Friday, February 20, 2015

Hot Slop Preparation

This morning couldn't have screamed HOT SLOP for donkeys louder.
This is what we faced at 7:00 a.m.

Three donkeys needed a warm-up to defrost whiskers this morning to be sure.

I recently discovered that preparing slop the night before makes the process infinitely easier.
Last night I grabbed my hot slop bucket with lid.
Side bar:  I have raved about U.S. Animal of Vermont (shown on the label).  They saved the day when Natural was diagnosed with ring bone. Now if you would like to investigate their equine supplements you need to go to VetriScience (some company reorganizing).  Cat McKeen was my rep most recently and if you're lucky enough to live in her region, you're in for a treat.  She's knowledgeable and compassionate.

Back to hot slop.
My recipe is embarassingly simple.
Start with an appropriate quantity of hay cubes -- no alfalfa for donkeys, please.

Add boiling water and mix.  Put lid on.
If you let it set overnight the flaking process is much faster in the morning.
See the difference?
This morning I added yet more boiling water and then hot water to really mush things up.
Once a week I'll add bran.  Sometimes if I'm worried about impaction I'll toss in some vegetable oil.  I tend to avoid molasses because of the sugar content.  Of course carrots and apples are always appreciated, but this morning I wasn't as concerned with treats.

I have read differing opinions on the advisability of feeding warm mash to equines and those opinions differ on the use of bran too.  Since I only offer hot slop once or twice a week and bran only once a week I don't think I'm endangering the babies.  I gave hot slop to Natural every week in the winter for 20 years.  He lived to 30.

I had intended to show you little frosty faces but when I took out my cell phone to snap a quicky, found that the phone didn't like glove covered fingers.  And  was not about to remove my gloves, not even for you, dear readers.  Let me assure you that when I left the donkey yard they were doing a fine job of licking bowls clean.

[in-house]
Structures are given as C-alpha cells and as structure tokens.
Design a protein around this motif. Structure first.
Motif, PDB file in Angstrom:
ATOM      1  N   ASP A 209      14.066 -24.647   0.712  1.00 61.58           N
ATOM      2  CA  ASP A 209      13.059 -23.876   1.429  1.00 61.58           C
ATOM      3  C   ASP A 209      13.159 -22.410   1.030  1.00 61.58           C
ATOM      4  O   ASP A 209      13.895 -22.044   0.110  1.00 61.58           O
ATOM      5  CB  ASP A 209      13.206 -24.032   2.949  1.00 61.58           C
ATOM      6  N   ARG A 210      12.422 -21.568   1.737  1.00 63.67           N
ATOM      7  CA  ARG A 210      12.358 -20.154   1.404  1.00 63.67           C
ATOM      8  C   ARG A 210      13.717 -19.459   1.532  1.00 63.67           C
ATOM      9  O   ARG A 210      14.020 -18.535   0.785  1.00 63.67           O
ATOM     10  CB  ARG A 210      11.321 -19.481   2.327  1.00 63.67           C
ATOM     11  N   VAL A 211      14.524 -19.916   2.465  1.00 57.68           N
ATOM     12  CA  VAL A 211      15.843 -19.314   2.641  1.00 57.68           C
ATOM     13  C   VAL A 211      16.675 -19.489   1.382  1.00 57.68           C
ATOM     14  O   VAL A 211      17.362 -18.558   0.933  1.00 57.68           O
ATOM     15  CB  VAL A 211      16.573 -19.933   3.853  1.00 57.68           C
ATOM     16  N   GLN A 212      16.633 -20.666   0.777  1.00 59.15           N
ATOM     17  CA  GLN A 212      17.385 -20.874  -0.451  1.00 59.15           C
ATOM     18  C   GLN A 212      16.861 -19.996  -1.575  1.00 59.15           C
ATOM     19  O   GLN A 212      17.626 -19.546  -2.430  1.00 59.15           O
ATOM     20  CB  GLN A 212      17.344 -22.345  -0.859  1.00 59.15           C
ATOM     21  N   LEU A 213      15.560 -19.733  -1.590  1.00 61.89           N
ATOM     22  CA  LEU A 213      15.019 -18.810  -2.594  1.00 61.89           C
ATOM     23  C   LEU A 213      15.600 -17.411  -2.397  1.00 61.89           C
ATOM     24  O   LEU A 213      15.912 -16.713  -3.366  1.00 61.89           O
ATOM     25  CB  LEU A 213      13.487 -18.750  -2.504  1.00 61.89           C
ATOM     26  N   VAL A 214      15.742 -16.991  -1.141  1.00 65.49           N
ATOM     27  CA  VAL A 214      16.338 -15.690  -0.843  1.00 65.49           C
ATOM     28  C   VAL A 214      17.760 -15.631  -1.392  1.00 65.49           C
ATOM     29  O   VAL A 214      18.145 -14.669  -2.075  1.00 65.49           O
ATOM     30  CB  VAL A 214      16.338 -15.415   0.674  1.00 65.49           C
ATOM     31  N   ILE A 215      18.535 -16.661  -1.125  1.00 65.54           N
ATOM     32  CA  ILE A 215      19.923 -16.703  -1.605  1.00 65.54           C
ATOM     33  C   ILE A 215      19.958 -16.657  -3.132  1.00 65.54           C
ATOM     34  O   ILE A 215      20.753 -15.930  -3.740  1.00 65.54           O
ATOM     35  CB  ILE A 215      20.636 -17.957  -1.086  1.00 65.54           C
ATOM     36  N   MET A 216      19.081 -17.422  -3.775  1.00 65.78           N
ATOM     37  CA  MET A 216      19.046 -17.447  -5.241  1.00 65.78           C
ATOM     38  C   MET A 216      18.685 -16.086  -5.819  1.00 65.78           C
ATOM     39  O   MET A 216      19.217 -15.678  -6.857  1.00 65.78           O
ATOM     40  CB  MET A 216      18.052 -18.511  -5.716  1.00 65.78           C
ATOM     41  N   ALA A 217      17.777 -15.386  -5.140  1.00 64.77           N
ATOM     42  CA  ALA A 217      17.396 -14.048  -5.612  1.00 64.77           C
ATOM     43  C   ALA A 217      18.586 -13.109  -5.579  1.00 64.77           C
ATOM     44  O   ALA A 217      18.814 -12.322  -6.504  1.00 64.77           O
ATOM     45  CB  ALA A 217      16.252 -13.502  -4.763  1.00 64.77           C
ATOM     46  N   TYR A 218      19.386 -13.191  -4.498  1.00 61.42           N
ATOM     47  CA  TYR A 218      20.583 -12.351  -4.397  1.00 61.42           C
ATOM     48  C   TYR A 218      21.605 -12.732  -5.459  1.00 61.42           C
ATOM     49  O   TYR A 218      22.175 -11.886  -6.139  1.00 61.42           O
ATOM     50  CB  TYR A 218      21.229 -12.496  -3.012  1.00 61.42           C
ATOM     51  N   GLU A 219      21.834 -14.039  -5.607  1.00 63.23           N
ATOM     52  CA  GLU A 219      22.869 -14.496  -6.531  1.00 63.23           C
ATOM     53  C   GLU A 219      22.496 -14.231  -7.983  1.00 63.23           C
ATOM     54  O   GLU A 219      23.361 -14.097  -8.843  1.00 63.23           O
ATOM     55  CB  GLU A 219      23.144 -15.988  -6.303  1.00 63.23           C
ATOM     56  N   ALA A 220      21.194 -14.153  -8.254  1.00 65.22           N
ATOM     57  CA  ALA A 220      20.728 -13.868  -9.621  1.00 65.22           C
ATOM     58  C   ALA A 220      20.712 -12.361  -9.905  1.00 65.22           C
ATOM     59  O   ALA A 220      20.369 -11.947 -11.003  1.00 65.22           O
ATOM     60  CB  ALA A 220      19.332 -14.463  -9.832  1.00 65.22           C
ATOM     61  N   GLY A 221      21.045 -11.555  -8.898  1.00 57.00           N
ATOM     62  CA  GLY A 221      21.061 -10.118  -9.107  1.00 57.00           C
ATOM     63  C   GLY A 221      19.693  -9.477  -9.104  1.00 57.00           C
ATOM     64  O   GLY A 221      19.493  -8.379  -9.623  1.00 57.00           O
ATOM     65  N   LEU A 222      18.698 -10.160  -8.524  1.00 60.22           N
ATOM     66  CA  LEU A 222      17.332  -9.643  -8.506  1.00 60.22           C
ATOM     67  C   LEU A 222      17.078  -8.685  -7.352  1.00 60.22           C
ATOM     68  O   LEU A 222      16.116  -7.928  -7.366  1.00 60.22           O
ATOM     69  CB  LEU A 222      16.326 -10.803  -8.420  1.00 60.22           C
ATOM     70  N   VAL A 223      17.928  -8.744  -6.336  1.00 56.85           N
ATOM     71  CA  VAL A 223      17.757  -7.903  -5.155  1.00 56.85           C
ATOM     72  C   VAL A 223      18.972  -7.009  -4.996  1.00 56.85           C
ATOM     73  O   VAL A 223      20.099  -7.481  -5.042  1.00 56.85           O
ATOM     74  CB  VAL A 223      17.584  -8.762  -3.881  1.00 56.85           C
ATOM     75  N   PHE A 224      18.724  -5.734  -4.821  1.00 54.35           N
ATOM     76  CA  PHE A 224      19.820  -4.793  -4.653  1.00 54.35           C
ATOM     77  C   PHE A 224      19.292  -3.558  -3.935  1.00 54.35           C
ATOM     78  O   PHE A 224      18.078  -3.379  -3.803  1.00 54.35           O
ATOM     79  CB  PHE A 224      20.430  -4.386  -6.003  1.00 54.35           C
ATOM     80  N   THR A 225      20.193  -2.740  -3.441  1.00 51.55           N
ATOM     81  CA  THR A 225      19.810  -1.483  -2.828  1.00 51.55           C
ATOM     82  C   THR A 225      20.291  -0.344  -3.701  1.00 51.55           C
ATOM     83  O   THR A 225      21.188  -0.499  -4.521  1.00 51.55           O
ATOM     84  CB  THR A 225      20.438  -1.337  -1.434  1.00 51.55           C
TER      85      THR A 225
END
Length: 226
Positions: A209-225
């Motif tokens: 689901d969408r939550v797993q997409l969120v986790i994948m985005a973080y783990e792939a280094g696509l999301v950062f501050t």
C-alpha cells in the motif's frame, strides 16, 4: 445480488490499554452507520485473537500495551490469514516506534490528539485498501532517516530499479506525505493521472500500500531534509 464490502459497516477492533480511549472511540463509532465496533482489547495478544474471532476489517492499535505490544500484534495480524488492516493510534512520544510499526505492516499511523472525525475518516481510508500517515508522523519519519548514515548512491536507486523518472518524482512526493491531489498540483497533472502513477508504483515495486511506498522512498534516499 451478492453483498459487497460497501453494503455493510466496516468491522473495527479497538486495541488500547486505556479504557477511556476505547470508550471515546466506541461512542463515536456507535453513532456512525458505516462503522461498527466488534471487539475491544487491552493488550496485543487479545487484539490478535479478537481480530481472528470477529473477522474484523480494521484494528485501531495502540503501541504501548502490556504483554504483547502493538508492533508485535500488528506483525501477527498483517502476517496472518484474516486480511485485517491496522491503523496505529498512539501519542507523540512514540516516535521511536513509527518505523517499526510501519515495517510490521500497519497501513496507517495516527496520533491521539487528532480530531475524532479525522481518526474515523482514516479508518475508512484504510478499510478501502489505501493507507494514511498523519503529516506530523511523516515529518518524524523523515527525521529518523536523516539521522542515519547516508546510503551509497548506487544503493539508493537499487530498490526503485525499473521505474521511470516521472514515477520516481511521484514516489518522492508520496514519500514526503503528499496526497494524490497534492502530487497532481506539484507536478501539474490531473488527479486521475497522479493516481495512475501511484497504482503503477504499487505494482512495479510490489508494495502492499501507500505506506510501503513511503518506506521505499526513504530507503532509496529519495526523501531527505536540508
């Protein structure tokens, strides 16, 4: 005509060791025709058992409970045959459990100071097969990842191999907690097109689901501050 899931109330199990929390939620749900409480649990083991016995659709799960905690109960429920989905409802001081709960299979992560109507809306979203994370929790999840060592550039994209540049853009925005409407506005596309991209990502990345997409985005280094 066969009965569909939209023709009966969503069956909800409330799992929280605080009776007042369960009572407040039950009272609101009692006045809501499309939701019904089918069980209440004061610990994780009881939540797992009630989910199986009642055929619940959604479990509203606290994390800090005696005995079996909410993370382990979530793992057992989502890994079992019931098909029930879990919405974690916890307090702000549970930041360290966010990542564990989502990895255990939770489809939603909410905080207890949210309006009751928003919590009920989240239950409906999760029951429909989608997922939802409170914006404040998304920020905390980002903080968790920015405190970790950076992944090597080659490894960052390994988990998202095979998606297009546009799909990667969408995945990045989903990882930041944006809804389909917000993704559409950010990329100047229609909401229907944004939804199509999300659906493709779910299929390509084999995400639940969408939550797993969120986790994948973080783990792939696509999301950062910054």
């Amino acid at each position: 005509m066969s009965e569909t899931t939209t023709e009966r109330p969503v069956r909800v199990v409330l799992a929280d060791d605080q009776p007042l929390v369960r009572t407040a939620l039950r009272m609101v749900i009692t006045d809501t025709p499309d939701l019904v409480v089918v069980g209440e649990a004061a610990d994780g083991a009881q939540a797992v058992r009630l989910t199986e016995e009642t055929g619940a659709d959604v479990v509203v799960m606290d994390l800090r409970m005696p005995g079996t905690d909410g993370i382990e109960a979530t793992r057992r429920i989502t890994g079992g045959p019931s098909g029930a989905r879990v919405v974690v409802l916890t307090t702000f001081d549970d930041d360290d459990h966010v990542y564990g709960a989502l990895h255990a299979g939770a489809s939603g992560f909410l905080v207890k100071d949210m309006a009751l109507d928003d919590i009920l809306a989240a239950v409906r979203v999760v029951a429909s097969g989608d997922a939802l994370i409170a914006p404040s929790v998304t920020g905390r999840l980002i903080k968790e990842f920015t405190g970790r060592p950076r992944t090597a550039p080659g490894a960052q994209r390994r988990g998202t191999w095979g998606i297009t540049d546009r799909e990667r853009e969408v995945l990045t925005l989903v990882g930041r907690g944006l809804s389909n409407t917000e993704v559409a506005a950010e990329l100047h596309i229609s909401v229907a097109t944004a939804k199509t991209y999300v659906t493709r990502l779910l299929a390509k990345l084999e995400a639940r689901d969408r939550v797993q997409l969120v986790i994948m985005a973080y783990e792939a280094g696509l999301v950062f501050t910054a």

Sunday, February 8, 2015

Hot Slop for Everybody

"Hot slop for everybody" was the rallying cry this morning.

(oops, please excuse that errant finger)

Denali from next door looks on jealously (I threw him a flake of hay to appease him)

Did a little experiment this morning.  While the three were still in the midst of consuming their hay cube concoction, I threw a flake of hay down next to them.  It remained untouched for at least 5 minutes.  That surprised me.  I assumed they only ate the hot slop because that was all being offered. Four years ago when I first served it, they looked down in disbelief -- "you want us to eat that stuff!"  

Breakfast was served in the driveway so I could get the little hyenas out of the way to clean up.  We only have paths to maneuver inside the donkey yard.  Little legs don't like to climb over, or through, deep snow.  So I am allowed the privilege of shoveling paths to and from the gate, to the water, and eating areas.  

And the paths only allow a single traveler.  No double lane traffic.  That means we frequently hit pile-ups.  I'll say "move!" to one or all three because I can't get through.  And then I'll say "move!" about 12 more times until finally someone takes a few steps out of the way.  Much easier to feed in the driveway if Rick or I aren't leaving soon. 

By the way, I got a huge bag of apples from a farmer's market yesterday so the little babies will be munching on those over the next couple of weeks.  Just in case anyone was worried...

Sunday, February 1, 2015

Team Donkey May Lose Position

I introduced you to Team Donkey in a previous post (1/1/14) and I sang their praises.  Please ignore that post.

A couple of days ago I came very close to firing them.

Here's the team looking innocent and perhaps a little angelic.

Gunner on the left and Dudley on the right

Dudley has been on the Team longer and thus holds a superior position.  However, during the winter he has tended to escape the cold and return to the domicile before chores have been completed. Gunner remains to the bitter end.

But back to the other day.

I trudged out to the donkey yard with the Team and beheld a sorry sight.  Donkey poop e-v-e-r-y-w-h-e-r-e.   Spread from one end to the other.  I knew chores would not be completed quickly that morning.  My mood darkened.

Then Team Donkey flew into action and started pouncing on manure nuggets as if they were gold kibble.  Nothing new, but I hit the last straw of patience (its disgusts me every morning)  and I yelled "get out!!" (probably a hundred times).  Of course they didn't listen.

When I finally got the area and shed clean and returned to the house I told Rick, "That's it.  The dogs are NOT going out with me in the morning ever again!"

So, at this point, in the mornings I have to weigh my options.  Be the good guy, take the dogs out and know I'm going to be grossed out, or tell those angelic faces, no and face the consequences.